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Hinduism A Democratic Religion, A Way Of Life: Calcutta HC Rejects Plea Against Bengali Movie "Brahma Janen Gopon Kommoti" [Read Judgment]

LIVELAW NEWS NETWORK
13 March 2020 10:53 AM GMT
Hinduism A Democratic Religion, A Way Of Life: Calcutta HC Rejects Plea Against Bengali Movie Brahma Janen Gopon Kommoti [Read Judgment]
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"Gag orders of the sort as prayed for would be a complete antithesis of the liberal principles of a democracy and a democratic religion like Hinduism."
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Hinduism is a democratic religion and a way of life, the Calcutta High Court remarked while dismissing a plea challenging the release of a Bengali movie by the name of "Brahma Janen Gopon Kommoti".

One Subhadep Adhikari had approached the High Court contending that his sentiment has been hurt due to the usage of the expression 'Brahma', who is an important part of the Hindu pantheon, with the expression 'Gopon Kommoti', which, roughly translated, means 'secret act'. It was contended that the release of the movie shall hurt the Hindu religious sentiment, bringing the said movie within the fold of Sections 295A and 298 of the Indian Penal Code.

Justice Sabyasachi Bhattacharyya, refusing to accept this contention said that merely the use of the name of Brahma with an expression in a hilarious manner cannot lead to such a result that the religious sentiment of anybody can be hurt. The judge said:

"This court fails to understand what could be so filthy about name of the said deity being associated any act which is prohibited or secret. As taken on face value, the name of the movie in question does not hurt the religious sentiment, merely because an expression has been used, apparently in a hilarious way, with the name of the said Hindu deity. As it is, Hinduism is a way of life and is wide enough even to accommodate atheists, agnostics as well as all shades of religious and spiritual beliefs."

The court added that the gag orders of the sort as prayed for would be a complete antithesis of the liberal principles of a democracy and a democratic religion like Hinduism. It said:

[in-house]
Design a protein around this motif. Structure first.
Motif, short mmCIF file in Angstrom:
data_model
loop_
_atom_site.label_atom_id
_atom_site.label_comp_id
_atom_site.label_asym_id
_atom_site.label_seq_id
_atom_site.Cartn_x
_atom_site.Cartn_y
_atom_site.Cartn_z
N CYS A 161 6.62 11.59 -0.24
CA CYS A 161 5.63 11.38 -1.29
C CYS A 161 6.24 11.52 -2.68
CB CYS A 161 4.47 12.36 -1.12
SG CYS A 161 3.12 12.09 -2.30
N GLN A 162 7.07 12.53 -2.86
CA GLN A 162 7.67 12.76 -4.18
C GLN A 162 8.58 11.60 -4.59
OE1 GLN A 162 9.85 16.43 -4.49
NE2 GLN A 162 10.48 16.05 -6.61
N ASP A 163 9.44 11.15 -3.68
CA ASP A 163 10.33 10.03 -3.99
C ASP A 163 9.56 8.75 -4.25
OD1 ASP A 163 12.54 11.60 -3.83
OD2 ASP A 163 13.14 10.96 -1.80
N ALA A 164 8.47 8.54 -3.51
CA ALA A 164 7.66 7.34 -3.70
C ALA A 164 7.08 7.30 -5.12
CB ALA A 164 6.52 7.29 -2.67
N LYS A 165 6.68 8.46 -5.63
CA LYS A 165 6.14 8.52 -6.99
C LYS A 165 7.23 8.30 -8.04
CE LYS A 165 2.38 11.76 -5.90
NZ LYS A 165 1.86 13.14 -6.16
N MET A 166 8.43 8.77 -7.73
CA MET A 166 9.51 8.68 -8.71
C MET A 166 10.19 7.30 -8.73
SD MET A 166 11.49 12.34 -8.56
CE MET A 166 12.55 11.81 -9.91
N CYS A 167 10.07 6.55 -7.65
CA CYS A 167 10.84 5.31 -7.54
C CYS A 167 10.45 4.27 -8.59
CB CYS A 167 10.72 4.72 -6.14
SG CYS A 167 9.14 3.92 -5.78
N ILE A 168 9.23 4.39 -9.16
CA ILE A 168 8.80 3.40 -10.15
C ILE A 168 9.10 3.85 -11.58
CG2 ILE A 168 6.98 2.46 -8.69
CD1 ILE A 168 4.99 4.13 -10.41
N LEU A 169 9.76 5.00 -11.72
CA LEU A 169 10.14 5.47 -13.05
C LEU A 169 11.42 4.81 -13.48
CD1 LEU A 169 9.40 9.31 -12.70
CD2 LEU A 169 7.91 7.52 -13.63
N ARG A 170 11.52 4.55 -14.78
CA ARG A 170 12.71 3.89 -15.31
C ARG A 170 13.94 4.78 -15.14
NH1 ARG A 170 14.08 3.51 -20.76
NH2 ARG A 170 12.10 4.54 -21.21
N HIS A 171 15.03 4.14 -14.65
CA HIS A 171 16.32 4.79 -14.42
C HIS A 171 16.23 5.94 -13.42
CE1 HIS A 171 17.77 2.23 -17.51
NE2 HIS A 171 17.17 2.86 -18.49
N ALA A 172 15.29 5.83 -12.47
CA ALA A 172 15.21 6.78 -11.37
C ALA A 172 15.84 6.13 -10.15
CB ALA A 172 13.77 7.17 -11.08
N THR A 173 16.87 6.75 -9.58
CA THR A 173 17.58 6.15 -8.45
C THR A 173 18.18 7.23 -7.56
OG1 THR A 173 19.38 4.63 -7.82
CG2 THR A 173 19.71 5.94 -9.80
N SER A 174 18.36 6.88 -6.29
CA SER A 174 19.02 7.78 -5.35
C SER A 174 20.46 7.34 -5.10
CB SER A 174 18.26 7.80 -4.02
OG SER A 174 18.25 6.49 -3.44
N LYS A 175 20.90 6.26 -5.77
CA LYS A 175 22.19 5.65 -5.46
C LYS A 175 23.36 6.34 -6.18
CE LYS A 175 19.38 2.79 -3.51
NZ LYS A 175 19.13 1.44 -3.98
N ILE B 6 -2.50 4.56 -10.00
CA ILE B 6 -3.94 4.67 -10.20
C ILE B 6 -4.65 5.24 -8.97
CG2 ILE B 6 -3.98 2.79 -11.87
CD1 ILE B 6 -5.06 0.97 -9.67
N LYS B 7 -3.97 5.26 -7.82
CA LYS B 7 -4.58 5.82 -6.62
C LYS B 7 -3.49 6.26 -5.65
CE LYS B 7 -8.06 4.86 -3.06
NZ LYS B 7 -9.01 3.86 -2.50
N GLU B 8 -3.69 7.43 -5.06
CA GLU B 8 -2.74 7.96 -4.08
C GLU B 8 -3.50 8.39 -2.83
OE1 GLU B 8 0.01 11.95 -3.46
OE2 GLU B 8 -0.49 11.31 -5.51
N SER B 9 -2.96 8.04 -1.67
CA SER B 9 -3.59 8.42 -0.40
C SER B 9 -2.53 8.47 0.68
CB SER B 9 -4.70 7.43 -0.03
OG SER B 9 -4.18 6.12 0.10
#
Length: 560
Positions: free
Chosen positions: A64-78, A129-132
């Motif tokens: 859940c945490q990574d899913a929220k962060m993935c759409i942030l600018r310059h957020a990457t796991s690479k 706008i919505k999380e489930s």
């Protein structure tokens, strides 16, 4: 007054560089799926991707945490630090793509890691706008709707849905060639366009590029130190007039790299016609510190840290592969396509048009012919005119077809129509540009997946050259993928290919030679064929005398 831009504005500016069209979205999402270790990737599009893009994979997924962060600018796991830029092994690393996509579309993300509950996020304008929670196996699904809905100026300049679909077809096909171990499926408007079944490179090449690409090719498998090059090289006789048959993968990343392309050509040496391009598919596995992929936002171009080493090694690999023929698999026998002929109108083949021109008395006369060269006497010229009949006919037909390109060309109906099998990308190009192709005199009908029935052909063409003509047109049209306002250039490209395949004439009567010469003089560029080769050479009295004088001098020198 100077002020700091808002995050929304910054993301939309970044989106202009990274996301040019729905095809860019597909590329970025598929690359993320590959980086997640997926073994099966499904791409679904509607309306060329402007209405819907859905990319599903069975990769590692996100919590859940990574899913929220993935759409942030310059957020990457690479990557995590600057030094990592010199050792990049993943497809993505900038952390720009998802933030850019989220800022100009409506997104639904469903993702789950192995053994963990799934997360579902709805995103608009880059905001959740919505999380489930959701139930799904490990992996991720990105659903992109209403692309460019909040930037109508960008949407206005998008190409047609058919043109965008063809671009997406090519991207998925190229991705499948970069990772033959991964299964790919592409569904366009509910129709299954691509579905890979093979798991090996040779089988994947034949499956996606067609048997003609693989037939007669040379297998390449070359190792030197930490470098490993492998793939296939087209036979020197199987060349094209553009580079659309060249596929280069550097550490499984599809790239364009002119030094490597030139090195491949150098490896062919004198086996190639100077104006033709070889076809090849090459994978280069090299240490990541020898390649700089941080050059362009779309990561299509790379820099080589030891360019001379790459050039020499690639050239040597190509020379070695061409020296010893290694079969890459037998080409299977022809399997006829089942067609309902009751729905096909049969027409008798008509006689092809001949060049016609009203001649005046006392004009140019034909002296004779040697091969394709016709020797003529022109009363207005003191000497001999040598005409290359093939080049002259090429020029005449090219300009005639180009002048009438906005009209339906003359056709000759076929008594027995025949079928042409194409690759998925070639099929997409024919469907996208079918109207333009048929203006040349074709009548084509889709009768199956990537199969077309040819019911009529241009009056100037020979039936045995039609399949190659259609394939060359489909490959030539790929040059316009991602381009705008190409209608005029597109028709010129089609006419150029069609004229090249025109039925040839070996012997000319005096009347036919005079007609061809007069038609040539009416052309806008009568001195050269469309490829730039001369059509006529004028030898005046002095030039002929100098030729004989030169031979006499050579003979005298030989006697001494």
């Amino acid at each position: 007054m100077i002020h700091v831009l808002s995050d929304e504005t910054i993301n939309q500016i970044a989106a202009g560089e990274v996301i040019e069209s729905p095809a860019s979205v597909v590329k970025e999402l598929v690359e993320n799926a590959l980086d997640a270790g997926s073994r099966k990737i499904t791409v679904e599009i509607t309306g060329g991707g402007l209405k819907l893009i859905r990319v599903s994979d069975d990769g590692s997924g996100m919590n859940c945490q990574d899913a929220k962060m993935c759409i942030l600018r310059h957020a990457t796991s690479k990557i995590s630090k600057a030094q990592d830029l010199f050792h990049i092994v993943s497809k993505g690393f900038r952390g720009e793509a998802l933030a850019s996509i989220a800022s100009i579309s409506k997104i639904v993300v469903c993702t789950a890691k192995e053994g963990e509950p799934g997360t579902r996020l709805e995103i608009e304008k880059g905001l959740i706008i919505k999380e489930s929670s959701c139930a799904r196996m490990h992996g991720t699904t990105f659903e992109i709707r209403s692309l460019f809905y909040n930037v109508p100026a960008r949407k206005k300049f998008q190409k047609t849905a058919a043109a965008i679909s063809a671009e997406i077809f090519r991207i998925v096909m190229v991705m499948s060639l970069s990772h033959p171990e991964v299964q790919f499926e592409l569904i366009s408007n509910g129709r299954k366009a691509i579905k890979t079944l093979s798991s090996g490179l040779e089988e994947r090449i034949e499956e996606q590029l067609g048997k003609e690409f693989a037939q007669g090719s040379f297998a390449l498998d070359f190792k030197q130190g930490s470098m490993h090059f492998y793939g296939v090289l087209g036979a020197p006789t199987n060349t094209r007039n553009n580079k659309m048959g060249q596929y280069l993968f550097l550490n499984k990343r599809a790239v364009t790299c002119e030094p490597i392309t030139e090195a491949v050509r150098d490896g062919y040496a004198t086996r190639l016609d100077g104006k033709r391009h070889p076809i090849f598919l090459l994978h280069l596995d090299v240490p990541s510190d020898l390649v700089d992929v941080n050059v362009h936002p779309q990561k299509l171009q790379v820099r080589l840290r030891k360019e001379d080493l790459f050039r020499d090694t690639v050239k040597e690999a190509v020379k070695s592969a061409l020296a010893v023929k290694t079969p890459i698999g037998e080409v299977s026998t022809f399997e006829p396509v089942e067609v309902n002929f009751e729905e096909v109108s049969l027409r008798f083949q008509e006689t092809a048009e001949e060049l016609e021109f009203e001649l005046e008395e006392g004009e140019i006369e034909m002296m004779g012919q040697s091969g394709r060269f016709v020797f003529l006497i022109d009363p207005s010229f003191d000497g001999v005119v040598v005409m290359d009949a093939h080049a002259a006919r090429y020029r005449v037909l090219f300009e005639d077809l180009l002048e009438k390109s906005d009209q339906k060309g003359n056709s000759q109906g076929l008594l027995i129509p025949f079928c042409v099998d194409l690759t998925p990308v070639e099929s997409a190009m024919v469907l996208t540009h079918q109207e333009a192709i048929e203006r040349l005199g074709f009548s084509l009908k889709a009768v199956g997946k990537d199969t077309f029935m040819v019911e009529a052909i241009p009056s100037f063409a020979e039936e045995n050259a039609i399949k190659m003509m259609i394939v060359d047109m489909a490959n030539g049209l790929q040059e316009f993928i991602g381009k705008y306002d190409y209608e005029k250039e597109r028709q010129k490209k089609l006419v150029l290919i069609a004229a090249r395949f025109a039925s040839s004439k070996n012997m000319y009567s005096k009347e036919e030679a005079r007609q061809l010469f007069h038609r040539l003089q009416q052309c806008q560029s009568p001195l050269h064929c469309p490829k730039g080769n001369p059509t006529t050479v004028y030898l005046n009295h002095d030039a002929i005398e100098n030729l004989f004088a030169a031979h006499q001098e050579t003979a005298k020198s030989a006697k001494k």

In the event, the Hindu religion was so fragile and wounded so easily, it would not have survived over the ages through various onslaughts, as borne out by history. As such, it appears that the petitioner has approached this court on a completely mistaken notion of the concept of Hinduism while stating that the name of the movie, used apparently in a hilarious way, would hurt his sentiment as a Hindu. If such sentiment is hurt, the petitioner ought to mend his own sentiments and have proper lessons regarding his religion instead of moving courts to harass film-makers unnecessarily. Moreover, although there is freedom to practice, preach and profess any religion guaranteed under the Constitution, the right to free speech and expression is also enshrined in the Constitution itself. As such, there has to be a balance between the said fundamental rights. Gag orders of the sort as prayed for would be a complete antithesis of the liberal principles of a democracy and a democratic religion like Hinduism.

The bench imposed a token cost of Rs. 1 on the petitioner observing that such attempts to move the court at the drop of a hat, just to ventilate one's vengeance on frivolous issues, ought to be deprecated. 

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